Finally, rent payment for voucher programs needs to be streamlined. Section 8, for example, pays a portion of a tenant’s rent, while the tenant pays the remainder. Other programs follow this model by “splitting” the rent in one way or another each month. This payment method results in two payments to the landlord coming from two separate entities, usually at different times during the month.
This has two adverse effects from a property owner or manager’s perspective. First, a community with 50 apartments accepting housing assistance translates into 100 rent checks to track down before the property can close its books for that month. Voucher programs tout that rent is guaranteed, and while this is true for a portion of the rent, it still creates an administrative burden each month of each year. For government-backed programs like Section 8, when the government shuts down, are those payments still guaranteed? Does the resident get evicted? Who is responsible?
The unexpected consequence of remitting housing assistance this way has to do with a common stereotype. Landlords often complain about how their property is returned when a tenant who was receiving housing assistance vacates. The stereotype is that “the apartment was left trashed after move out.” In my 10-plus years, I have experienced good and bad move-outs in this situation, so to generalize is unfair. However, I believe we could limit or eliminate this sentiment if assistance programs paid assistance directly to the residents. Then, the resident would be responsible for using those funds for housing. If they didn’t, or if they were irresponsible with the assistance in some way, they would face eviction, which would subsequently make them ineligible to receive housing assistance again for a period of time (at least in the case of Section 8). The theory is that this method of payment would naturally prioritize the most responsible people to receive benefits.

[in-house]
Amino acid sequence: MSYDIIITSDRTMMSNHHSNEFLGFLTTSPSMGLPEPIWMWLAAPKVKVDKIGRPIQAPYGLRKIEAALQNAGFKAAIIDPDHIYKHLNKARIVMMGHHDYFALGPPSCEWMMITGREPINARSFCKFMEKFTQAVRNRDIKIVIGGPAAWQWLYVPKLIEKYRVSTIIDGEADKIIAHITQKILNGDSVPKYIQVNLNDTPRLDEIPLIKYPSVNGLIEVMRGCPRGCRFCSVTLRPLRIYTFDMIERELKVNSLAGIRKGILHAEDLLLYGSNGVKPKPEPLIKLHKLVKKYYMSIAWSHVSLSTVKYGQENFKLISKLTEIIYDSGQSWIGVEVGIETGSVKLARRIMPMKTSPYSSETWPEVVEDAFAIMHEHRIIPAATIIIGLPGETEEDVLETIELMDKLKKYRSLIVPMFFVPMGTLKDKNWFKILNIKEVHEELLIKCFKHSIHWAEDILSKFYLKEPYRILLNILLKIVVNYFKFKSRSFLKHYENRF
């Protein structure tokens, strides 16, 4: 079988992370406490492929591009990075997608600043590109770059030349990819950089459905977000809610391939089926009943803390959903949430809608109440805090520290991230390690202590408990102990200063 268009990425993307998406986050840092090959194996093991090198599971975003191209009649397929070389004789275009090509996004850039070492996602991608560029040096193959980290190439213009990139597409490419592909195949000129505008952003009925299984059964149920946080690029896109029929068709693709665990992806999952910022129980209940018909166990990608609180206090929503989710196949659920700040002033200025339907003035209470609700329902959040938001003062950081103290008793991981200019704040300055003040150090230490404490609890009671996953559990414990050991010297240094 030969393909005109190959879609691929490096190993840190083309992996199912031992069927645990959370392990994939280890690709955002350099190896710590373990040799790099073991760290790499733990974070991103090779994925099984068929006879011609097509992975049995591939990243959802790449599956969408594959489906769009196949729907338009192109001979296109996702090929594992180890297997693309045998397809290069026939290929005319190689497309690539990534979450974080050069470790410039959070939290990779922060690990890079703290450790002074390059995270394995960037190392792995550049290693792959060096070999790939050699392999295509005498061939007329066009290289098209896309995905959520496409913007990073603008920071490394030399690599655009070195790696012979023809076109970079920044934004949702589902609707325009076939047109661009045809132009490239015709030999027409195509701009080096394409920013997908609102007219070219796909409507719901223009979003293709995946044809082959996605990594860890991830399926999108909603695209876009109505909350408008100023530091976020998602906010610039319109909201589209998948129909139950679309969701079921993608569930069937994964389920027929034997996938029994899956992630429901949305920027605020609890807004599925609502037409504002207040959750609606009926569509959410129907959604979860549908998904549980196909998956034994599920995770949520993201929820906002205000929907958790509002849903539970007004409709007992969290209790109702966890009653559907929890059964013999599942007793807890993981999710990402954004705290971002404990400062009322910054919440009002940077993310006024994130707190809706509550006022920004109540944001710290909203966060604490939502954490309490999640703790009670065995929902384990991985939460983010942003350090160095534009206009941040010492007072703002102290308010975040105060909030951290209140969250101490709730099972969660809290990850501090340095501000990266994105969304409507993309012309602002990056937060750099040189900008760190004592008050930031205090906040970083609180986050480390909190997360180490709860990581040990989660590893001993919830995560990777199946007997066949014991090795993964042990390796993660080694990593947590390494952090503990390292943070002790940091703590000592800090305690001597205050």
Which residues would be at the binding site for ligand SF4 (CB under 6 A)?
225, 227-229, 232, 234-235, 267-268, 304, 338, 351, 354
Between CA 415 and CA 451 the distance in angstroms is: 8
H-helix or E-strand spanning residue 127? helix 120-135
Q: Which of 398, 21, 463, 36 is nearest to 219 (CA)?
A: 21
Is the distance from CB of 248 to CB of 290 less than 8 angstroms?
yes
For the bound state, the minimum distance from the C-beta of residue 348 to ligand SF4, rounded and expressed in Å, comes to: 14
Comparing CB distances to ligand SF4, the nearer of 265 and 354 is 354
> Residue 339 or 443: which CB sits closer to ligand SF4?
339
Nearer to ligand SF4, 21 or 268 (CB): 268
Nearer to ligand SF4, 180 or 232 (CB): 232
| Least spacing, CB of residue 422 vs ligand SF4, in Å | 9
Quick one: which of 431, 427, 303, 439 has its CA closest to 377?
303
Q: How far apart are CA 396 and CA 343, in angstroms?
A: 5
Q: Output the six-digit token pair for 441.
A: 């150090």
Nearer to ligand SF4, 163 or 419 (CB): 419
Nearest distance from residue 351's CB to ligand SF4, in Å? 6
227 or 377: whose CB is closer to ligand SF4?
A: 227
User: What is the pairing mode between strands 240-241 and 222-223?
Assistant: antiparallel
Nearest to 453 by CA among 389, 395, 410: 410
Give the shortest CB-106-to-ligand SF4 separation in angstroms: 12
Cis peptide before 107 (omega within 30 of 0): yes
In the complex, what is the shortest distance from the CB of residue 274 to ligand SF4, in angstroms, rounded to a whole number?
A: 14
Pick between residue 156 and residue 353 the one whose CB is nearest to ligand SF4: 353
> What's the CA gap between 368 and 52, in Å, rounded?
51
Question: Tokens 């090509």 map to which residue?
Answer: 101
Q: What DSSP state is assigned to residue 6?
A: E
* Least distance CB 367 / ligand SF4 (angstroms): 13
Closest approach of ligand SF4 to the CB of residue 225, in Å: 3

Paying assistance directly to the resident removes the landlord’s administrative burden and involvement, and gives the resident more incentive to maintain their rented space. In my experience, residents with higher security deposits or higher monthly rent payments tend to take better care of their rented space. Residents I have encountered with low or no security deposits tend to disregard the lease, move out without notice and more often than not treat the entire premises (not just their apartment) with disrespect.
If we want to get serious about finding solutions to the affordable housing crisis, it’s time we start listening and inviting landlords to the conversation instead of bulldozing rent control laws through state legislatures. Voucher programs should make it easier for the property owners to participate in housing assistance by eliminating the obstacles described above. If all parties are invited to the table, we can make great strides toward solving our affordability crisis without implementing rent controls.